As I sit in my Kailyard I wonder often about the future.
In the UK, we like our institutions.
In Scotland, we turn them into culturally iconic moments. There are massive numbers of which are simply trivial to the point of utter banality. But we love them.
I was reminded of one last week when I heard about the POTUS calling for the flying of the flag at half-mast. Why, comes a little later.
Hogmanay, the annual New Year Festivities, were always crowned by a television show that was decidedly Scottish. Fronted by the wonderful comedian, Rikki Fulton, who was a bona fide Scottish institution, each year parties paused to watch his annual sketch New Year’s Eve show on TV, Scotch and Wry. Once it was finished the merits of it, in comparison to previous years was hotly debated.
One year, there was a sketch with a drunk Fulton waking up in the morgue. The immortal line, “I’m in the mortuary, I must be deid,” was uttered before the implications of it all sank in.
Just last week, the United States passed one million COVID deaths. It was for that reason, the POTUS called for flags to be flown at half-mast as a mark of respect. Reeling, rather than drunk, people who have witnessed loved one’s falter and fall understand why that is so little but still late. They suffered the indignity of having been refused the opportunity to say their last goodbye due to restrictions, but they did so to save others. And then they have suffered the struggle to accept people with a grasp of reality that suggests a lack of humanity, who challenged and then ignored sensible rules, whilst they and not I had to endure the pain. Many did so with compelling dignity.
But there remain some…
And they are still there, the hoaxer believers, conspiracy theorists and freedom fighters for the right to believe whatever they think but never who exorcise the right to our freedom whilst asserting their absolute right to exercise theirs. They are still out there…
Freedom is a precious commodity. It is not to be given lightly and it should be exercised with respect. People have a right to it. But people live within a common framework, called a community where that freedom must be exercised with the same level of respect given as demanded. No person is truly an island and we must accept that the exercising of our own freedom will have implications for the freedom of others.
My right to believe may offend. My right to access appropriate healthcare may cost someone else. My right to education may stop another from accessing a school or University place. No matter what the system of government or funding in place for each of these things, and America and the United Kingdom have very different ways of doing each, it is a fundamental and inalienable truth that freedom comes with responsibilities.
With 1 million deaths there shall be many people who shall legitimately ask the question, who is responsible? The dawning reality for many may be that we all are. Not the personal, but the collective we. The election victory of Donald J. Trump prior to the COVID pandemic was a clarion call to people who believed that big government – an idea in the Republican Party that was made populist by Ronald Reagan – was bad and that little government was virtuous. During the 1980’s there was no finesse and there was no legitimate argument offered in response and the Republicans found that if you hammered a message enough then what would happen would be that people got it, believed it and followed it. And it worked then and has done before and since. Ask Josef Goebbels who is credited with originating the theory.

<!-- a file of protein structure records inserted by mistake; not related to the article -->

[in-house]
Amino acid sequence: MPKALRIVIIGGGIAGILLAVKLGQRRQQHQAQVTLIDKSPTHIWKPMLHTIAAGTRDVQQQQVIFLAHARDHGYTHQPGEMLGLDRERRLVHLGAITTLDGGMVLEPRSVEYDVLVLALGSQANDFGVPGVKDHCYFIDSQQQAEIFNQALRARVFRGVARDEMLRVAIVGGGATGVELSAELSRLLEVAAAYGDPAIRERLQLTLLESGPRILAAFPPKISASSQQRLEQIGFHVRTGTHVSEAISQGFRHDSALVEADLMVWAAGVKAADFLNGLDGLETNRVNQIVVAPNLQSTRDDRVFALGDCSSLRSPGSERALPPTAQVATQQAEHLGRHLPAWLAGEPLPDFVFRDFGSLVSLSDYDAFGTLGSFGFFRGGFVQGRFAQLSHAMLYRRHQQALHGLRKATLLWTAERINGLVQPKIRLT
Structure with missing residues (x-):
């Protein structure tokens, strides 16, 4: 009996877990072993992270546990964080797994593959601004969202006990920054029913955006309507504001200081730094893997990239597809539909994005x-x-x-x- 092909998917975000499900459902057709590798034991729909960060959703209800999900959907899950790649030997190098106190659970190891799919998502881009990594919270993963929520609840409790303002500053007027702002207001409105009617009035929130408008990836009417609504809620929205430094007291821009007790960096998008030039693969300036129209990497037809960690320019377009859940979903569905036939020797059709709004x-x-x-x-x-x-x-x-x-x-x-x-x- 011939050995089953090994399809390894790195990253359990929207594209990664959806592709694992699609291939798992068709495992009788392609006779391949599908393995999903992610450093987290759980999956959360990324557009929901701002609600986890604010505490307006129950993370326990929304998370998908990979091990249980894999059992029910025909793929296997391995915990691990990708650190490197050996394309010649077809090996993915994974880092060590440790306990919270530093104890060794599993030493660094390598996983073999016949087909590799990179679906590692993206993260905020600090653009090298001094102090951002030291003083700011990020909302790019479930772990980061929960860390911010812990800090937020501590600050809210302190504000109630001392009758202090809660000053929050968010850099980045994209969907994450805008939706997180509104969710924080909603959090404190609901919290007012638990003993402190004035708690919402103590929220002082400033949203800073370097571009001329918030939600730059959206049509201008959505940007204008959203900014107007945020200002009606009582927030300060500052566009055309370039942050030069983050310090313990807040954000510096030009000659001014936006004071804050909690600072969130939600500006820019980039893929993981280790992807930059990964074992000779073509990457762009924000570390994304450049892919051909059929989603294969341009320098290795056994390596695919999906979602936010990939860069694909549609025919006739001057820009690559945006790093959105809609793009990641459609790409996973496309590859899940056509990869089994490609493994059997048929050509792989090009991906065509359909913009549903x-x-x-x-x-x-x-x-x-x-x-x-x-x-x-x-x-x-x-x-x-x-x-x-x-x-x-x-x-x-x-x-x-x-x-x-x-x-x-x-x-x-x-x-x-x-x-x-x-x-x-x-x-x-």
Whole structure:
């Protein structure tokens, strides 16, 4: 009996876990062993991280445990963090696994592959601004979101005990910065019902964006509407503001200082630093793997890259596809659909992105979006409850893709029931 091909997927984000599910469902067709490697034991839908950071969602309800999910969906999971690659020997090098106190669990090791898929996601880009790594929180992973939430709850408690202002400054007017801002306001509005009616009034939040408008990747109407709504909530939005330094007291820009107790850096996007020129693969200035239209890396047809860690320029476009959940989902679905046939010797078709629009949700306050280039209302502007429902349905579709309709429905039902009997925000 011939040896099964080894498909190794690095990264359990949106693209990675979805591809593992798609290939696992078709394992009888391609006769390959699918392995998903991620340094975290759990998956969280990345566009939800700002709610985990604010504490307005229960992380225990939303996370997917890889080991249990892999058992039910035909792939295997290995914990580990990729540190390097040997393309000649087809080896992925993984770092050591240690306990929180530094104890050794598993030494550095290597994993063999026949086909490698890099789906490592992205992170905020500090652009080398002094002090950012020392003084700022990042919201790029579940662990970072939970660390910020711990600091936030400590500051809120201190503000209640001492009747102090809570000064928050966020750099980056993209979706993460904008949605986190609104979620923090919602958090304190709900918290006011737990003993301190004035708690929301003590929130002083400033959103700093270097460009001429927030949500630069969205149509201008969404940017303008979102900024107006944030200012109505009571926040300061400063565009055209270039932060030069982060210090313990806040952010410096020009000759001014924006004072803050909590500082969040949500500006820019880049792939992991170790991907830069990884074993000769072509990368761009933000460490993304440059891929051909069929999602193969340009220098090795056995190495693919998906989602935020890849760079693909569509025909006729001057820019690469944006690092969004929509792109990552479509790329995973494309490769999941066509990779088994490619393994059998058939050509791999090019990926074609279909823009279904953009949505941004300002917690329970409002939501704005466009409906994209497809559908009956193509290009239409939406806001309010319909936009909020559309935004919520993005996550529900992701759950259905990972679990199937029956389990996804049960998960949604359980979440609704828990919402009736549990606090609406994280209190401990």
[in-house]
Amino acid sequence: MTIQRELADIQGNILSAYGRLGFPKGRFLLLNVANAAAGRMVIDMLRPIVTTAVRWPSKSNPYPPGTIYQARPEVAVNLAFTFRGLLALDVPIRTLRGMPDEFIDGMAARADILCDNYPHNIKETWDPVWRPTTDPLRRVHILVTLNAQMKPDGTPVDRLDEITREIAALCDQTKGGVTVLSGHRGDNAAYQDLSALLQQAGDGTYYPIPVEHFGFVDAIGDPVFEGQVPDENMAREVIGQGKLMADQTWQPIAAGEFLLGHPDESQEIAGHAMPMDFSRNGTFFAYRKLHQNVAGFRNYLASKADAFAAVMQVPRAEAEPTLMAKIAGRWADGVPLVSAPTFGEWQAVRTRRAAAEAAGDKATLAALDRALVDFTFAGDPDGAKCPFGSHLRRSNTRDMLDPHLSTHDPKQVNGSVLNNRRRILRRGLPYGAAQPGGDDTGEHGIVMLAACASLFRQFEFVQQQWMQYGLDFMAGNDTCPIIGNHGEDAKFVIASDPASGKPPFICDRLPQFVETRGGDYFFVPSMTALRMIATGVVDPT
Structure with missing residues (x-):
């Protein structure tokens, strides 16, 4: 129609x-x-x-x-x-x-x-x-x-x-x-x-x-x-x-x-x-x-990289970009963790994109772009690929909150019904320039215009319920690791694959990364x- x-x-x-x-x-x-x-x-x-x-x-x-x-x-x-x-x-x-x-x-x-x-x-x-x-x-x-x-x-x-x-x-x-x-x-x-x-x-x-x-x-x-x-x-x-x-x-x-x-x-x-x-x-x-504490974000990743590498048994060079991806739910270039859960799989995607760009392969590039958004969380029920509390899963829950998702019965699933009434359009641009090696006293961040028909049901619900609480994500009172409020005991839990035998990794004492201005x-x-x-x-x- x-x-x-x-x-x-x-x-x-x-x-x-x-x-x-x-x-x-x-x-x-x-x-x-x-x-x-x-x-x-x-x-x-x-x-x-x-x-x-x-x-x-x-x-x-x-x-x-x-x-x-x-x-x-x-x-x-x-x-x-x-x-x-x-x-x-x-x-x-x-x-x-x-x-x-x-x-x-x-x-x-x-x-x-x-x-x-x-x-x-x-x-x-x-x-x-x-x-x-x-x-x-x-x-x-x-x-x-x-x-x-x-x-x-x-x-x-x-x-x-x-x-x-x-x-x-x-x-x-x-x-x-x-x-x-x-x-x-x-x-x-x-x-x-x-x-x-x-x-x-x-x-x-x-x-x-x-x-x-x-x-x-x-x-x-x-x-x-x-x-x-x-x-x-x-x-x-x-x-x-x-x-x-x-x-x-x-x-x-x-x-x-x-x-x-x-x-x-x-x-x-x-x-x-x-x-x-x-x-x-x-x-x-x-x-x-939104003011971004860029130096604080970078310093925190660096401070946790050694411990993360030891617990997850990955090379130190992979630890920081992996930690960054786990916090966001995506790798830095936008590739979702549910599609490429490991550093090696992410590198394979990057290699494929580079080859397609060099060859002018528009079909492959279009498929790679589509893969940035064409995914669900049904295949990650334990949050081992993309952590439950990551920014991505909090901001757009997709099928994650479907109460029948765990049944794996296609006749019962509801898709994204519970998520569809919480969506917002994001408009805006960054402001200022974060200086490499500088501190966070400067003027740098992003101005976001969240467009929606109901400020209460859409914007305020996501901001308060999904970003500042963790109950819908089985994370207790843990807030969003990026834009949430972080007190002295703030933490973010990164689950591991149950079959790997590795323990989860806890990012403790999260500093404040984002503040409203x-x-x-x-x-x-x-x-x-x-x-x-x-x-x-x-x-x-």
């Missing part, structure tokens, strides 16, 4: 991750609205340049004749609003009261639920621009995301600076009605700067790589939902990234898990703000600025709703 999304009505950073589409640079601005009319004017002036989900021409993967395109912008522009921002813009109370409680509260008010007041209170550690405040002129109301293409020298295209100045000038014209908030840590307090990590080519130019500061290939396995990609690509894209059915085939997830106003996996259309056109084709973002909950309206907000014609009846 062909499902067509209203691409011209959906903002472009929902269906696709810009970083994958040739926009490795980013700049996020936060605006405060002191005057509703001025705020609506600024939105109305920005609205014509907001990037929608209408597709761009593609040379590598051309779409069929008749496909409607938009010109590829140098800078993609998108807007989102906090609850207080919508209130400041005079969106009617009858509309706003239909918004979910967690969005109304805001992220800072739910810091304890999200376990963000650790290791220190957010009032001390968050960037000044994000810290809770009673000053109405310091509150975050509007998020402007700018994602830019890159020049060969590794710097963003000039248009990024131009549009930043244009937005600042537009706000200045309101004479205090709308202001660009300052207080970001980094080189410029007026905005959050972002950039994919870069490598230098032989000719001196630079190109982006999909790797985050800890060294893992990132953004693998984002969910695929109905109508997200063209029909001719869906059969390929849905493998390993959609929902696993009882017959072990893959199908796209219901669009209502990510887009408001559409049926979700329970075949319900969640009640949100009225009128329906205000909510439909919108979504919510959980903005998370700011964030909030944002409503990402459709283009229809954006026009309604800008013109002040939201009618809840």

America’s reaction to the COVID pandemic was not good. They were not alone but they were alone in trying to racially spike the debate. They were alone in trying to downplay its seriousness whilst being unable to manage a coherent response. Or should I say, the government were not good.
The Trump mal-Administration showed just how bad big government could be. The people seemed to be caught in a nightmare from which they struggled to escape. Each week another revelation about what was going on in the US is greeted in the United Kingdom with a sigh and a shake of the head.
But like the character in the morgue who realized he was not dead; will the people wake up in the mid-term elections enough to realize that you are all part of one movement? You do have the right to disagree with me, and with your neighbors and those at work but whose freedom does that impinge upon and when you vote, consider the implications of the freedom you enjoy. And enjoy it. But do so responsibly… And remember… They are still out there, and they are deid in the heid…
A view from the new Kailyard or, how you look over there, from over here…
(Kailyard n. a cabbage patch, often attached to a school of writing – the Kailyard School – a genre of overly sentimental and sweet Scottish literature from the late 19th century where sentimental and nostalgic tales are told in escapist tales of fantasy, but here we seek to reverse it by making the Kailyard Observations of effective invective comment from that looks not to return to the past but to launch us into a better future by the one Donald worth believing…)
And today’s Scots word tae bamboozle ye…
Each time we see ye, we shall try tae leave ye wi a word o oors tae replace a word o thine. Jist fur the sake o learnin, ken!
Deid in the heid…– Stupid